23 October 2012 Yesterday I caught a baby with only my right hand. A woman was wheeled into the delivery room who was already pushing . As she came through the door, the head was coming out. I followed her in—the midwife who had been with her in labor was also by her side, but no one was doing anything to prepare for the birth. The midwife was yelling at her not to push, and even threatening that her baby could die and if so it would be her fault (for pushing in the wheelchair instead of on the table). The head was out, and I got ready to catch the body, which I had a feeling was going to fly out. The only thing was that I was holding a stack of papers in my left hand—in the fastness of the moment, I didn’t think of letting the papers drop to the floor—but instead, as the baby flew out of her as she sat on the edge of the wheelchair, I caught the flying baby with only my right hand. For a moment I thought that this would be my first baby to ever fall on the floor, but instead what happened was that my finger hooked inside the baby’s mouth and this helped me to keep the baby straddled on my right arm, while I kept holding the papers with my left hand. I told the mother that she didn’t need to worry—everything was okay, and I also gently told the midwife that it was not the mother’s fault for pushing—in fact her body was pushing on its own, without her effort. Actually, perhaps she was wheeled into the delivery room a little too late. It was a fun catch—my first one-handed catch (usually even if you were to have a one-handed catch, you would probably have a surface close by where the baby could gently land—like for instance if the mom was squatting on the floor). 27 October This month has gone by very fast. Each week flies by. Things are going okay, not great but definitely better than they were a few months ago. The arrival of Devon, the expat nurse, was a huge blessing for me. She has been helping me to implement things, like the temperature protocol in the delivery room, and is supportive and spends time with me in the wards; we do births together and she’s someone I can talk to…finally… I wouldn’t say that things are going so well with all of the national staff midwives but they are a little better than they were a few months ago. I feel that I have been in an impossible position, stretched between 2 worlds, always the person in front of the staff who receives the blows of their frustration, which is rooted long before my arrival. This week, I was so happy to have some cooler, cloudy and rainy days…but the rain, which was light and lasted 3 days, completely paralyzed the transportation system in Port au Prince…the roads have no canals which drain the water, and many of them are dirt roads…this light rain created a disaster—we had to work for 3 days straight organizing pickups of MSF staff by the MSF trucks, so that people could come to work…finally today the sun is out, and I am actually relieved and happy to see it, because now I can relax and know that people will come to work with no major problem… We find out about the date for our visa interview in a few days… 1 November Well, our interview was set for the 4th of December. So, another month away. This is somewhat disappointing for me because I am really ready to be finished with the whole process, which has taken the past 1 ½ years. But, it is okay. Blada and I are going to visit his family in Cap Haitian for about a week starting next weekend. It has been over a year since I’ve seen them. It will be so nice for me to have a break from the current situation of living in a way that feels segregated from the Haitian population. I am a homebody and don’t mind so much being closed in all the time at the house—I’m not really interested in going out to restaurants like everyone else here—since I’m not allowed to walk anywhere, there’s nothing I can do except work and hang out at home. Blada has been around here more because we were preparing for the visa interview, which we thought would be really soon, not the 4th of December. 3 November Luckily, this week had 2 holidays (Day of the dead) in which I was able to rest and recuperate a little. I was going to go in to work the first day, but instead I ended up working at home, working on these 2 reports I wanted to write, mostly to get some things out of my head and onto paper, which has always helped me. The first one, about the history of the problem of neonatal hypothermia in the hospital and the development & implementation of the strict temperature protocol, I wanted to do so that the new expat or few expats would hopefully not undo the work I have done in this area and would be able to see the complexity of something so simple as protecting newborns from getting cold. It was more straightforward and is mostly finished. The other one, it is about the complexities of working with the national staff here. This one has a long way to go, and it is mostly for myself, to get some of these absurd stories and events out of my head so I can stop thinking about them. It would be too long and detailed to give anyone else…it is more for me, something cathartic. This week I had no tolerance for the expats and felt I barely had the energy to interact with them at all. There is this one person who I like and is really nice, but who talks a lot and who requires a lot of energy to interact with. I think she took it personally that I could not interact with her but at the same time, when I am around someone who is giving me signs that they are not interested in talking with me, I follow the signs and go my way. This person, she never follows peoples signs but always has the exact same, long-winded, needing to have the last word kinds of conversations. This is not so bad though—I really like her, I just couldn’t spare any energy to interact with her. The bad part is that I am super fed up with some of the expats in the house, because they are completely unaware of others and are complete slobs. It is unbelievable. These are adults! I just don’t understand this mentality. Group living is hard, when you are living with people you would have not chosen ever to live with, who has completely different values from you. Mostly I am very tolerant, but there is one guy who really grates on my nerves, because he is so arrogant, he just does whatever he wants all the time, since he first arrived. And, he is unapproachable. Luckily, my vacation is coming up, in one week. Blade and I are going to Cap Haitian for 1 week to visit with his family. It has been over a year since I’ve seen them. I am so excited to be out, to be free, to be able to walk in the street, to be in a normal Haitian house, etc. I can’t wait. 2 December 2012 The month of November went by fast. I now have only 2 ½ months left!!! I know it will go by fast. Our fiancĂ© visa interview is in 3 days. Once we are finished with this and have the visa in our hands, we will truly be in the last phase of our existence here. I am still enjoying parts of being in Haiti, of the Haitian people, which I know I will miss later on. But, in general, I am really ready for a change. It will have been 3 years for me here once we leave in February. I can’t wait to experience a totally different climate, to experience changing seasons, to eat other kinds of food, to reintegrate into my old community which supported me 10 years ago when I was preparing to go to midwifery school, and to be with my family again. I can’t wait to experience different things with Blada, like visiting NYC. I think about these things all the time. Work has been a lot better and easier the past couple of months. People have been a lot easier on me and seemingly more accepting of me. I also stopped vocalizing my observations, which was what they wanted in the first place (for me to leave them alone). But, nevertheless, things have been moving in the right direction because most of them now believe in the necessity of having a temperature protocol in the delivery room to protect the newborn babies, and I have been able to furnish all of the midwives and auxilliares with good quality reading material which supports my points. I found an excellent WHO booklet which talks scientifically and quantitatively about the short-term and long-term benefits for mother AND baby of immediate skin to skin contact, immediate breastfeeding, and delayed cord clamping (this one, I wasn’t pushing at all but now that I have a really good reference to back me up, I can talk to the midwives about it). Anyway, in general things are a lot better and less dramatic—also because one person who was really horrible to me has been gone for almost 3 months, but she is coming back in 2 weeks and will be here for my last 2 months. Maybe since many other people are more on board with me, she will be easier on me too. We will see. Either way, it is not an uphill battle anymore—I am now on a flat plateau—no new changes—just following up with the same things as before, finishing things up, and moving towards having closure. Our trip to Okay (Cap Haitian)/Hinche was great. Just getting away from the reality here…I was feeling really fed up with everything, and just needed a break…well, being in normal Haiti for 1 week was enough for me to forget all the stresses of work…This is how our trip went: We took a schoolbus from PAP to Okap. We got seats in the way back of the bus, right over the back wheel. We arrived at 6:30am and waited for 3 hours for the bus to fill up so we could leave. I thought it would be a good idea to pee before taking off, so we went to the only place we could find in the “ station” to pee: in a trash pile behind some vendors’ stands. There were flies everywhere and it smelled like poop. There were old tires, trash, and oily black mud. It was really gross but there was nowhere else to go. I kept thinking that someone was going to see my white feet from below the vendor stand, and call me out, as usual in my life here, and so then I couldn’t relax enough to pee. Finally, I was able to pee and we then went back to the bus. There was another white guy on the bus now, in the row next to us. He was backpacking through Haiti for 3 weeks, and spoke not a word of Creole. Wow. He was nice though. We got going. Things were going well. We went on the road along the west coast, through Gonaives. The trip took probably about 7 hours. Each row of seats has 3 people crammed onto one seat. The last 1/3 or so of the trip though was horrible. This bus obviously had no shocks, and we were sitting in the back. The driver was driving over all the potholes, not slowing down for them, and everyone in the back was bouncing all around. The road apparently had been good once, but like everything else here, was not maintained and is in ruins. I started getting pissed, just thinking about how this is one of the MAIN ROADS between 2 MAIN TOWNS in Haiti, and it is in this shape. And people are subjected to this, as if they do not deserve any better. How is this possible? To not even have normal roads? So, we were bouncing so much that our heads were hitting the metal grate thing above, where you put your bags, and then some people in the back started cursing at the choffeur. This part was really funny. Since he was not paying any attention to them, they started cursing him and making fun of him, calling him an animal, a pig, and saying that he eats shit, not real food. Then, we stopped somewhere along the way and he loaded onto the top of the bus a bunch of huge sacks of stuff. We started going again, and then suddenly we noticed that there was this weird liquid dripping onto us through the window from above. It wasn’t water. I couldn’t figure out what it was. It had a chemical smell. Finally I realized that it was ammonia. Liquid ammonia. They call it “ kanpe lwen”—stand far away. They use it for people who faint and for headaches. We tried to close the window, but it was broken and wouldn’t close. Then, a little while later, it started raining and all the rain was coming through the windows on our side, but again nothing could be done because the windows couldn’t close. Once again, typical Haiti. I didn’t mind too much because I was so relieved to be away from my closed in existence in PAP. So, we arrived to Blada’s mother’s house. This time it was a lot easier for me to stay there because they have built another room onto the house, so we had a room with a mat on the floor, which I had requested them to get for us in advance, instead of sleeping on a damp mattress. So, having the mat, which was made of some kind of tall dried reed/grass (they make them from other materials as well), was amazing. My body was sore though for 3 days after that bus ride. Luckily we had bought some tiger balm while waiting for the bus to fill up, from someone who came onto the bus selling different things like this, for 50 cents and so Blada massaged my back and neck with this and also we got some for his mother. This trip to Okap was really sweet. His family was just so sweet, his younger sisters were more into me than they had been before, I understood everyone’s Creole with no problem this time (the Creole in Okap is a lot different). It was great. We just made food together every day, and hung out. We didn’t go anywhere. The place where the house is, you can hear sounds from all over, from other houses. Maybe because there is a lot of cement. Each morning, I could hear children screaming while their parents beat them. I’m serious. There is no escaping the reality here. It’s all over. Being in Okap was great, seeing his family and really enjoying them, but also because I was so much in touch with the real reality of Haiti, it was also discouraging. Okap is so, so dirty. As soon as you go out into the street, you are in a cloud of dust. Most of the roads, even in town, are unpaved. People look at you like you’re an alien. I went to the market with Blada’s mom and sisters and it was unbelievable. People act like they’ve never seen a white person before. Someone asked his mom: “ ou gen blan nan fami a?” You have a blan in the family? When we were leaving Okap, the way to the station is over a bridge which goes over a bay. The bay is lined with shacks, pieced together with rusted pieces of tin. The banks are piled with trash, and the water is black and oily. With trash floating in it. I just kept thinking of how it could be. How beautiful and amazing it could be. Yes, leaving Okap, I felt discouraged about living in Haiti, and all I could think of, despite how wonderful of a visit I had had with Blada’s family, was how I can’t wait to leave. So, we got to the bus station. We were going to go through Hinche (a different route than on the way up) and spend a few days in HInche). There are pickup trucks that make this route. The road is not good enough for the minivans or the schoolbuses. So, we got seats in the cab of the truck, with a driver who always makes this route, who everyone knows, named Pisket. As we waited for the truck to fill up, we ate sugarcane that Blada had bought. I felt happy. So, we left Okap and before taking the road to Hinche, took an hour-long detour, to a little place in the country closeby, because Pisket was going to load a bunch of sacks of pottery onto the truck to make extra money (he didn’t tell any of us beforehand, we just went there.) This was actually really nice, because in contrast to Okap, the countryside was really beautiful, and this was encouraging to me. And, another thing that was really encouraging was seeing the people actually being industrious in something. Making pottery. This was very encouraging. So, finally we made the trip to HInche, and it was uneventful. Being in Hinche was great. We saw old friends, and had enough time to visit with people. We had to leave one day early because MSF called me and was concerned about us coming back on Sunday because there were planned protests in PAP over the shooting of a student. So, we didn’t get to see Jamlex, our baby (when we lived in the MW4H house, Jamlex came everyday with his mother, Diunney, the cook, and we grew very attached to him). We also didn’t get to see Blada’s godmother, who is a Catholic nun. It really would have been good to see them both. But, oh well. Overall, the trip was full and very satisfying. If I don’t go back to Hinche or Okap before we leave Haiti, that is fine. I also don’t know if I’ll make it back to Ti Trou or Jacmel. We’ll see. I was satisfied with my exposure to real Haitian life. It felt totally normal and natural, as if I had never left. Coming back to PAP was fine. I had been feeling really apprehensive about returning to work but things have been smooth and I know I will make it through these last months fine. December 16th So…exactly 2 more months left. That is 8 weeks. Each week passes quickly. I am really anticipating this change. I have been ready for so long! 8 weeks is perfect…now I am just wrapping up things at work…I need to write my end of mission report, I need to revise the obstetric protocols…I will be very bust until the end…which is fine….I am so thankful that I am at this point…. We don’t have our visa yet…Blada has an appointment to pick it up this week….I can’t let my guard down and rejoice until we have it in our hands…it has been so long since I have been working on this and feeling trapped in Haiti…now it is almost over…we think and hope…I wish I could just buy our tickets right now, but we are supposed to wait until we actually have the visa… The house is kind of quiet…it’s really nice…people are on holiday…I’m listening to music in my room, fully enjoying being in my own reality… Blada is in Okap visiting his family… It seems that every day things get worse in Port au Prince. Every week you hear of killings, usually robberies that end with shootings…honestly I don’t know if I’ll ever come back here…when you think about the reality here, how as soon as people leave the airport, they may have someone following them, ready to rob and kill them…just last week, there was a very sad story…a very kind woman, a patient at the hospital whom I had had the chance to get to know a little. I had talked with her the day before, it was her birthday. She was pregnant with her 4th child. Well, the next day I heard that her husband had been murdered. He was on a public bus in Port au Prince, and there was an armed robbery, and the robbers made everyone empty their pockets. When he emptied his, they saw that he was a police officer. They shot and killed him. I heard the news, and of her reaction-- instant intense mourning, as everyone does here when they first hear that someone has died. I went to see her later that day, to sit with her , but she wasn’t in her bed. I returned the next day, and she was in her bed, smiling and cheerful. We talked matter-of-factly about the fact that her husband had just been murdered, that she has 3 kids at home and one more coming, and she told me that they had been married for 13 years. She asked me about myself, when I was going to have children, if I was married. She seemed completely “ normal”. This is the thing that I have seen in Haiti time and time again: people mourn outwardly and strongly in the first moments, and then they immediately carry on with their lives and act as if everything is okay. They are unbelievably stoic. I cannot interpret it or explain it, but I have seen it time and time again. It’s like a switch is turned on and off. Maybe it’s because people don’t have the luxury to mourn for long periods and get depressed, because they have to survive. There is a culturally-accepted time for mourning, people do it and then continue on. This lady was also Christian, she mentioned this to me, and I think in times like these, this is something that really helps people to get through the tragic events of life that are so common here. That’s another thing: the amount of trauma that people experience throughout their lives…trauma like this is not a once in a lifetime event. It is part of life. December 23, 2012 We are doing well. The waiting, the certain amount of uncertainty, the dragging on of our visa process was somewhat excruciating for me. But, we made it happen, we got everything in order, we had the last missing form FedEx’d from the US for $86, Blada brought it to the embassy, they gave him a return appt. in 8 days, and each day of the 8 days was an eternity for me. Finally, the 20th of Dec. arrived, and he went, and…HE GOT HIS VISA. This is the closing of a chapter which has lasted almost 2 years, from start to finish. Finally, we are moving through the threshold of waiting and wondering, to knowing. This is a huge transition for me, because I have had to keep my guard up and survive here for a long time, never knowing for sure if the visa would work out or not. I am so relieved, I can’t express it. At the same time, I am still here, in the reality of my work, still surviving in my own way. We have about 8 weeks left till the day that we leave. I just want to forget everything and leave…I feel impatient…all I can think about is leaving, arriving in NC, seeing everyone, reuniting with everyone, bringing Blada into the family… 12/25/12 Can’t sleep..last night, I got woken up at midnight to the loudest music I have ever heard, from one of our neighbors’ houses…it was horrible DJ/mix music…it was so so loud…it went on for hours…I get it, people are celebrating, 24 Dec is a big deal, basically the whole month of December is a huge party, leading up to 1 + 2 January, when they celebrate their independence, then soon after that Carnaval starts, which lasts a couple of months…I get it, and I accept that in Haiti people make lots of noise and no one cares, but last night I was pissed, because the volume was so exaggerated…and of course I was tired all day today..Christmas day…quiet and somber…imagining next year, being with my family… Now that I’ve passed the 8 weeks left mark, and we are almost in January, I think the time will go really fast…January will be super busy, at work and at home, finishing up everything…that’s good. My replacement arrives Feb 2nd. I will spend the last 2 weeks here doing a handover with her, which means that everything else must be done before then. 2 days ago I was able to attend a Christmas dinner at my friend Beth’s house…it was so nice…I ate traditional American food…a welcome break…we sang Christmas carols...I am so glad I could go. Beth and her husband, John, have been living and working in Port au Prince for 22 or 23 years. They do really good work. Beth is a midwife and has a birth center where she provides excellent prenatal, intrapartum and postpartum care..parenting classes, lots of other services. Anyone who is interested in helping Haiti I welcome you to check out HEARTLINE MINISTRIES. I can personally vouch for them. They are grassroots and their work directly affects peoples’ lives in their community. They are extremely generous and despite all their years here, I have never ever gotten the impression that they are bitter or desensitized. They really care about people. Beth, despite being super busy with all of the work she already does helping people, has been coming to the MSF hospital every 3 months and donating blood. I mean, these people are hard-core, and they really walk the talk. There was something that hit me while I was at Beth’s house…there were 2 other interracial couples there…they were so in love, sitting close together, just glowing with their love for each other and apparently so open and uninhibited. Seeing this, I thought about me and Blada…how we used to be at the MW4H house in Hinche…how we were comfortable, because we thought it was our home and it was safe…and how the whole time, (white) people (visitors) were uncomfortable with our relationship, talking behind our backs, and how in the end it all exploded out into the open…I experienced a lot of trauma when things fell apart in this way and we chose to leave Hinche, because we did not feel safe anymore with the organization, after the all the lies and betrayel…it is a long and unbelievable story, and in the end, I know that I have unresolved trauma around losing the safety that we had trusted to exist there for us, in our own home…now, living in the MSF house, it is very different in some ways because the people here I would say are a lot more cultured and international than most of the volunteers who used to come to HInche…my housemates accept Blada and don’t seem to mind his presence…they’re not shocked or offended by us together…but at the same time, this is not our house and we do have to be extremely careful. Watching these other couples at Beth’s house the other day, it reflected to me how guarded I have had to become. I look forward to living in a place where my home is safe for me, for Blada, and for our relationship. Where people like us and accept us for who we are. I appreciate the safety that I have felt here, with MSF, in this sense…but I have never been able to trust it fully or let my guard down, after what happened in Hinche. I hope that in NC, we will feel free and open, completely. Don’t be fooled by all of the “do-gooders” who travel to poor countries like Haiti to “help”. Most of them are looking for an experience, or to prove something to themselves, their friends, their coworkers. I have had so many people come up to me when I am visiting the US who don’t even know me, who thank me for the “amazing work” that I am doing in Haiti…(they assume that if you would come and work in Haiti, that you must be doing “amazing work”). Don’t be fooled. There are plenty of demented people who come to places like Haiti precisely because these populations are vulnerable and anything that you do will look like help. Or because they have specific scenarios that they need to play out in order to feel good about themselves, and they can do that here…in the meantime, often taking advantage of the population or stepping all over those who are already there…I have seen multiple variations of these scenarios myself and have heard stories of people who have come here and done even worse things. 6 January 2013 I am so happy about the new year. The year of 2013…it brings many long-awaited for transformations. It was a fun time to be here as well…a very special time in Haiti…when their independence is celebrated…people are happy…luckily I slept well the night of the 31st…I thought there would be al of noise…it was the most wonderful thing: there is this little church right next to our house. People gather there, and sing and pray, both Sunday mornings and Friday evenings, in the dark…well, the night of the 31st, they sang beautiful slow hymns all night long…I could hear them in my sleep…it was so, so wonderful. I felt so happy the next day. Things are changing…we are getting ready…wrapping things up here…soon we will be in the US, starting a whole new chapter…I look forward to seeing those of you I can…and I thank all of you for your continual support over the past 3 years. This might be it…my last blog…those of you who would like to keep in touch with me, please email me at parterachida@hotmail.com. Again I thank all of you for your immense support over the past 3 years.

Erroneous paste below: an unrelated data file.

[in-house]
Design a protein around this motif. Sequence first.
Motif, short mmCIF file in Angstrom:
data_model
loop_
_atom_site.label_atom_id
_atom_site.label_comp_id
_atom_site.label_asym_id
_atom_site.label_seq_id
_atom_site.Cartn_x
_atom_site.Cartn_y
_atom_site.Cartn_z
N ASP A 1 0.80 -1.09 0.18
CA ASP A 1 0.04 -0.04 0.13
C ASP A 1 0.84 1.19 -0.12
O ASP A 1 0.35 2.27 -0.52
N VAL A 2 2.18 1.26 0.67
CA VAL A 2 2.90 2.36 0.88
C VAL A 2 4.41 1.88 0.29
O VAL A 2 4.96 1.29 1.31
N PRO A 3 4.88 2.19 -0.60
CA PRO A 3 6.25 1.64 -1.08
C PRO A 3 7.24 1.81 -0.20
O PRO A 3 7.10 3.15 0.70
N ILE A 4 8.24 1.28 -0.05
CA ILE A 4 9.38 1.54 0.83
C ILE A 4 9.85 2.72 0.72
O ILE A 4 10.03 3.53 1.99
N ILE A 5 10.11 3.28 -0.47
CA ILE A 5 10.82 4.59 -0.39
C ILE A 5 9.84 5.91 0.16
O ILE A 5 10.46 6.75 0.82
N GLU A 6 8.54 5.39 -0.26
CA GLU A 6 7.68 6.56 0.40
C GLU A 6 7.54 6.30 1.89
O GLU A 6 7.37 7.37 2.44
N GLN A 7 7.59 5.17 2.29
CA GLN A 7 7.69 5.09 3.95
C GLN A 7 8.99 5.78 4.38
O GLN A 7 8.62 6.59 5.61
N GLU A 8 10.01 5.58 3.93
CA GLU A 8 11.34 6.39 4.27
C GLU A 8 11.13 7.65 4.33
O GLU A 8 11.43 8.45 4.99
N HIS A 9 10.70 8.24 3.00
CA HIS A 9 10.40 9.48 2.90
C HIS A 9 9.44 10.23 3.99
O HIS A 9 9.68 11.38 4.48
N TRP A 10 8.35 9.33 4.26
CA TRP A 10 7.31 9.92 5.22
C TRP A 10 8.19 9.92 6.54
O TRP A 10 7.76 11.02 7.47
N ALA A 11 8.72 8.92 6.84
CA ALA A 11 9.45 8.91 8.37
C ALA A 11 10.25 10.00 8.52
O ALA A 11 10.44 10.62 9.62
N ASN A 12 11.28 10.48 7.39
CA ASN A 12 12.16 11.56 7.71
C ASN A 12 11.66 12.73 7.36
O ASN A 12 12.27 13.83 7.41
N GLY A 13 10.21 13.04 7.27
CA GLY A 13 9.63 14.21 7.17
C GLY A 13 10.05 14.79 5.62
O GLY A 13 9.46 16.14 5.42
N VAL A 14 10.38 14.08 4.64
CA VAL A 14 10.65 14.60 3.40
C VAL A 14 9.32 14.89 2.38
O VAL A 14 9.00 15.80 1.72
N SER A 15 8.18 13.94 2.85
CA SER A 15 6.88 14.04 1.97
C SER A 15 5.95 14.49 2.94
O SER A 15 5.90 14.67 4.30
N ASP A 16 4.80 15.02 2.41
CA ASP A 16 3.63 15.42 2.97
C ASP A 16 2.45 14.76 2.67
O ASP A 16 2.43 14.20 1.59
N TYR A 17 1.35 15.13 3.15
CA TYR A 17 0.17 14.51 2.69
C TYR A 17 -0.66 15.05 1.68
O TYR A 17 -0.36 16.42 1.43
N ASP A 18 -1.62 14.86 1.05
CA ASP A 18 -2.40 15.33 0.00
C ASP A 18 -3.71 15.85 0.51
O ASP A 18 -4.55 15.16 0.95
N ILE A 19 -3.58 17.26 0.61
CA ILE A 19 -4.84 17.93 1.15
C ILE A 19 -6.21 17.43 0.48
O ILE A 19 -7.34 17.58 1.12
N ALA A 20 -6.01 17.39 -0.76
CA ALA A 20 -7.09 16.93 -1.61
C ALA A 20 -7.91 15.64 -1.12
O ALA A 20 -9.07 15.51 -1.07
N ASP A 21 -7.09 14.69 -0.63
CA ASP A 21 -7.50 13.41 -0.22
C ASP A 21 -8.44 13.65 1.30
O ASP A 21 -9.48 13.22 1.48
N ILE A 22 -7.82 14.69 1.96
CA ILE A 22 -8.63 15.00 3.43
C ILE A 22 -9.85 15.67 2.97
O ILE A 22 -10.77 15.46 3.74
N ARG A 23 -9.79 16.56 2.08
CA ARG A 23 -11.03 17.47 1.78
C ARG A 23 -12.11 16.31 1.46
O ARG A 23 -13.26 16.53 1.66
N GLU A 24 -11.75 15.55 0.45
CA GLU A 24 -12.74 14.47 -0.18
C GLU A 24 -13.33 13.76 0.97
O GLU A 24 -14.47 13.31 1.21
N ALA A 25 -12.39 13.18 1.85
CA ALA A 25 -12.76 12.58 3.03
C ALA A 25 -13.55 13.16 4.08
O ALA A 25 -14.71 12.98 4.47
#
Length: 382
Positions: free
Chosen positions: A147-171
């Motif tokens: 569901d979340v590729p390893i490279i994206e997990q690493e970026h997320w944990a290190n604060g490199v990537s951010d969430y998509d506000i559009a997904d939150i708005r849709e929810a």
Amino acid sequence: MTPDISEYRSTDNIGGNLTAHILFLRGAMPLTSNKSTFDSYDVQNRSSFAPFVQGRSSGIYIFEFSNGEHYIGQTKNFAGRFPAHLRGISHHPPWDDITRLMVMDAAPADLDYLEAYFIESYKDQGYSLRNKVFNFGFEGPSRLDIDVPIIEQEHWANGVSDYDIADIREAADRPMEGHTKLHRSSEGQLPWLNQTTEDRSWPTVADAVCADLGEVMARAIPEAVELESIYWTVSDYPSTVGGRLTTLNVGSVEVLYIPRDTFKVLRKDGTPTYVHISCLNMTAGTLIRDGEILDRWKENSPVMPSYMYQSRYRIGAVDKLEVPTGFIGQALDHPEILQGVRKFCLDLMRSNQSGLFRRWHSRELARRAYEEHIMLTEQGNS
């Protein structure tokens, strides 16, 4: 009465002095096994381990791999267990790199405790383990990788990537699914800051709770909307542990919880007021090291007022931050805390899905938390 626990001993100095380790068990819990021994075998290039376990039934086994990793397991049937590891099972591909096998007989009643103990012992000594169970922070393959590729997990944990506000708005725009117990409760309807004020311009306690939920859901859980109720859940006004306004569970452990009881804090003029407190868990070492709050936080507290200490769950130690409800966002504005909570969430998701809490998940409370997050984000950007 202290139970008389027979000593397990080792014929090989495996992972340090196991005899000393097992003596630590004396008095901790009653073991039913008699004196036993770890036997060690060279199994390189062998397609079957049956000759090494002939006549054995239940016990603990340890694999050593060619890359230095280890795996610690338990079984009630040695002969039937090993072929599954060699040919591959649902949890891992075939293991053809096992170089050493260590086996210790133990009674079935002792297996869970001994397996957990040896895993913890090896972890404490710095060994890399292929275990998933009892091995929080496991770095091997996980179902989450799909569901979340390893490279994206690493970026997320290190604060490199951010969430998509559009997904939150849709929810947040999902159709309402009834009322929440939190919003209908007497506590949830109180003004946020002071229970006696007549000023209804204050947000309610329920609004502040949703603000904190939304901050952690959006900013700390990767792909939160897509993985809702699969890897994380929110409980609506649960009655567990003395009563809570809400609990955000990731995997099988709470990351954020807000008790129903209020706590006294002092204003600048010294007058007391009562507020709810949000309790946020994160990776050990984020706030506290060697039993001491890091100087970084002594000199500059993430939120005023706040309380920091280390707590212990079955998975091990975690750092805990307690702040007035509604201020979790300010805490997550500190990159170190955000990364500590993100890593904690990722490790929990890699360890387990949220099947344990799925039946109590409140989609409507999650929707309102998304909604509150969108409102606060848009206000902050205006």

1. As always your thoughts and experiences are so heartfelt and illuminate what it is to be human in this troubled and contradictory world. I was pissed off about some little interpersonal thing that happened at work today but it sure gives me some balance and perspective to see the world thru your eyes!

  2. You opened my mind. This blog is so inspiring.